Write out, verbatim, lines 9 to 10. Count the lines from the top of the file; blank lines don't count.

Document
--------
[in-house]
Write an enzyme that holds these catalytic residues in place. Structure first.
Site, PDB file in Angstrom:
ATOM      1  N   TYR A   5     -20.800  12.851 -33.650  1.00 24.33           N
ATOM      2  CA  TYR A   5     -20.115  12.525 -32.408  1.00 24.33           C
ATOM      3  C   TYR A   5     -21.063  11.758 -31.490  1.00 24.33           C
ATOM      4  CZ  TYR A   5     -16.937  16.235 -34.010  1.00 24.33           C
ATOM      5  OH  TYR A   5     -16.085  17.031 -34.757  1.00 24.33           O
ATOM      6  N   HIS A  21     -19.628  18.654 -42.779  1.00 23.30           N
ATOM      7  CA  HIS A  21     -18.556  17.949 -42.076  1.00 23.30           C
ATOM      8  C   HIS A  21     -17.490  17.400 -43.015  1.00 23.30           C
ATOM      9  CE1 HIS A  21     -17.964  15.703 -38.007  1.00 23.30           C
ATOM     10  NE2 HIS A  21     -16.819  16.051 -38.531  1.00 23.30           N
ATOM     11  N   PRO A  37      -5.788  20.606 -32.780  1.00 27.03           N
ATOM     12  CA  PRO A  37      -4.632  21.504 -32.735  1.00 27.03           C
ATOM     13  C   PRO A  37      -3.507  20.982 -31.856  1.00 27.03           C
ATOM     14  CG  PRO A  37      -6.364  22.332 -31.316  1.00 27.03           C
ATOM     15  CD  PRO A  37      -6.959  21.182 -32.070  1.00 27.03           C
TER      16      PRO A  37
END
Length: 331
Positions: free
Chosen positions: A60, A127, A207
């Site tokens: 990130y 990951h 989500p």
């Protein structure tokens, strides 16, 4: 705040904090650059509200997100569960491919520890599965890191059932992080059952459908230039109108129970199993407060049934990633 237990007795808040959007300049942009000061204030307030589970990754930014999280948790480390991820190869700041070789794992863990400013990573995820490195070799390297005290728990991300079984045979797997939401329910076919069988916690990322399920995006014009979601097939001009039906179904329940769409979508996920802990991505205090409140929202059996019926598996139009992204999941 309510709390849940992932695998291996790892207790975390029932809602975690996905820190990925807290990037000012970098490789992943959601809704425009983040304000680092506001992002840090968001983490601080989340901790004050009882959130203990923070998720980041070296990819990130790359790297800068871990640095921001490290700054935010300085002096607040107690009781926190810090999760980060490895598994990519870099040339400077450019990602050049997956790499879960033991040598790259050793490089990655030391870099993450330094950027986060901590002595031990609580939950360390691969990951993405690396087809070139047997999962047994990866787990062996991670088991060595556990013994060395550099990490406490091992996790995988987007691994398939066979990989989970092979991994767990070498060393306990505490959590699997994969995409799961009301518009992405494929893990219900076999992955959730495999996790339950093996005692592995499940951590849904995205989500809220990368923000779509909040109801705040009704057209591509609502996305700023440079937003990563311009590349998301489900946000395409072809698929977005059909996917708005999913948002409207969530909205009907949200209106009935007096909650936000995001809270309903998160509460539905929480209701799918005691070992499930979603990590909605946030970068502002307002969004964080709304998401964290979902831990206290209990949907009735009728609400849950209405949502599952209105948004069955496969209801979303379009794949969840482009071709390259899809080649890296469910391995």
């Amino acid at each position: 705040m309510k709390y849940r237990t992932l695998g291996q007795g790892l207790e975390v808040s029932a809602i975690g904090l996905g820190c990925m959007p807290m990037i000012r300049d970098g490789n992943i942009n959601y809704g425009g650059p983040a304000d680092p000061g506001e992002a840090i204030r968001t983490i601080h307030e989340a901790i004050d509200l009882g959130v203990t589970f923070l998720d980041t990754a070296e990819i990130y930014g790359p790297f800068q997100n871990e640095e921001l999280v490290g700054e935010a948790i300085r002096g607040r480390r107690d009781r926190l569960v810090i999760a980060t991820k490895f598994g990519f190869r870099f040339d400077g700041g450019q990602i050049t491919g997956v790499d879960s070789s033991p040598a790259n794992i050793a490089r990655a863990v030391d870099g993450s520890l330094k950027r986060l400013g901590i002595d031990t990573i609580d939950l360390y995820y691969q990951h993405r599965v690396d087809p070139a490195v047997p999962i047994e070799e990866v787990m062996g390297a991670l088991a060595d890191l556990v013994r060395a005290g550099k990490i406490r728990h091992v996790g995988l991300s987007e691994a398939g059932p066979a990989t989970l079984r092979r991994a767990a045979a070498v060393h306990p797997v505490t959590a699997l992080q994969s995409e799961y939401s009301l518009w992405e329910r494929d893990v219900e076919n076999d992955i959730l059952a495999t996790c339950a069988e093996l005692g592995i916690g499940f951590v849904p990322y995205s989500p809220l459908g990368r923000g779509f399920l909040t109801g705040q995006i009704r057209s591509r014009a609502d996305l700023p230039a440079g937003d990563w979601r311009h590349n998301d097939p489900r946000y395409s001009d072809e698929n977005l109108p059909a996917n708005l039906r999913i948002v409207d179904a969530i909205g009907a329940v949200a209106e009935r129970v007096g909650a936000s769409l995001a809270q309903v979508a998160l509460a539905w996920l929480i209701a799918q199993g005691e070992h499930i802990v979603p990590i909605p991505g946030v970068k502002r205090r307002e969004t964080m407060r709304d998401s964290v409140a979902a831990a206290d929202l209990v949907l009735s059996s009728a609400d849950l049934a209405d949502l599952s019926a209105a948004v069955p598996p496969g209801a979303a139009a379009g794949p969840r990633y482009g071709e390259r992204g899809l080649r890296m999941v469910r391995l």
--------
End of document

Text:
ATOM      6  N   HIS A  21     -19.628  18.654 -42.779  1.00 23.30           N
ATOM      7  CA  HIS A  21     -18.556  17.949 -42.076  1.00 23.30           C